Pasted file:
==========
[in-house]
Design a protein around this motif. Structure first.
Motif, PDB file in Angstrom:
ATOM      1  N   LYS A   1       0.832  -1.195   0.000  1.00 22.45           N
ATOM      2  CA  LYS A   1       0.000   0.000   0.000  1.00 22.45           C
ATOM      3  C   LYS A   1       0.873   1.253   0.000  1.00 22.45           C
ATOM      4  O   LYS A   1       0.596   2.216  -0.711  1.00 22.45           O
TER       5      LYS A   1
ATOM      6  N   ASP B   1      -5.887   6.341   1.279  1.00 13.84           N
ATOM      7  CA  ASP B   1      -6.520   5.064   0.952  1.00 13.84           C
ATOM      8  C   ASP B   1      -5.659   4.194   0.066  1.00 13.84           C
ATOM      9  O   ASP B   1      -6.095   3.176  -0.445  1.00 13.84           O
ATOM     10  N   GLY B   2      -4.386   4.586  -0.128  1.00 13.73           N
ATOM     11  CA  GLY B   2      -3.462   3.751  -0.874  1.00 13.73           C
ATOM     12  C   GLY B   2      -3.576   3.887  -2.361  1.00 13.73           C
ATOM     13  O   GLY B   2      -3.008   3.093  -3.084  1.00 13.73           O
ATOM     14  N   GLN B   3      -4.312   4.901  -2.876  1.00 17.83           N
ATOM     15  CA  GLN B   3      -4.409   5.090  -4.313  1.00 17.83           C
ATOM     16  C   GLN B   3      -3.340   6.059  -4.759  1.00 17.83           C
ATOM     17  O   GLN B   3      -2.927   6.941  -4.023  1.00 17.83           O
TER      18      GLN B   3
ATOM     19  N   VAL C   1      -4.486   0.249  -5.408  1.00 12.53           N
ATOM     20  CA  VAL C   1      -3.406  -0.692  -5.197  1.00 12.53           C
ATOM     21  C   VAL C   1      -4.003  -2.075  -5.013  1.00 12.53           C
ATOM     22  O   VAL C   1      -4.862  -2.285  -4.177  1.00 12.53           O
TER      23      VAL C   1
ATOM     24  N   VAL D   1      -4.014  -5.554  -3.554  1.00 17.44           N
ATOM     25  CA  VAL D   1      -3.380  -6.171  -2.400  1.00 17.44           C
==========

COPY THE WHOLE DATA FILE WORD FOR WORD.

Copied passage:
[in-house]
Design a protein around this motif. Structure first.
Motif, PDB file in Angstrom:
ATOM      1  N   LYS A   1       0.832  -1.195   0.000  1.00 22.45           N
ATOM      2  CA  LYS A   1       0.000   0.000   0.000  1.00 22.45           C
ATOM      3  C   LYS A   1       0.873   1.253   0.000  1.00 22.45           C
ATOM      4  O   LYS A   1       0.596   2.216  -0.711  1.00 22.45           O
TER       5      LYS A   1
ATOM      6  N   ASP B   1      -5.887   6.341   1.279  1.00 13.84           N
ATOM      7  CA  ASP B   1      -6.520   5.064   0.952  1.00 13.84           C
ATOM      8  C   ASP B   1      -5.659   4.194   0.066  1.00 13.84           C
ATOM      9  O   ASP B   1      -6.095   3.176  -0.445  1.00 13.84           O
ATOM     10  N   GLY B   2      -4.386   4.586  -0.128  1.00 13.73           N
ATOM     11  CA  GLY B   2      -3.462   3.751  -0.874  1.00 13.73           C
ATOM     12  C   GLY B   2      -3.576   3.887  -2.361  1.00 13.73           C
ATOM     13  O   GLY B   2      -3.008   3.093  -3.084  1.00 13.73           O
ATOM     14  N   GLN B   3      -4.312   4.901  -2.876  1.00 17.83           N
ATOM     15  CA  GLN B   3      -4.409   5.090  -4.313  1.00 17.83           C
ATOM     16  C   GLN B   3      -3.340   6.059  -4.759  1.00 17.83           C
ATOM     17  O   GLN B   3      -2.927   6.941  -4.023  1.00 17.83           O
TER      18      GLN B   3
ATOM     19  N   VAL C   1      -4.486   0.249  -5.408  1.00 12.53           N
ATOM     20  CA  VAL C   1      -3.406  -0.692  -5.197  1.00 12.53           C
ATOM     21  C   VAL C   1      -4.003  -2.075  -5.013  1.00 12.53           C
ATOM     22  O   VAL C   1      -4.862  -2.285  -4.177  1.00 12.53           O
TER      23      VAL C   1
ATOM     24  N   VAL D   1      -4.014  -5.554  -3.554  1.00 17.44           N
ATOM     25  CA  VAL D   1      -3.380  -6.171  -2.400  1.00 17.44           C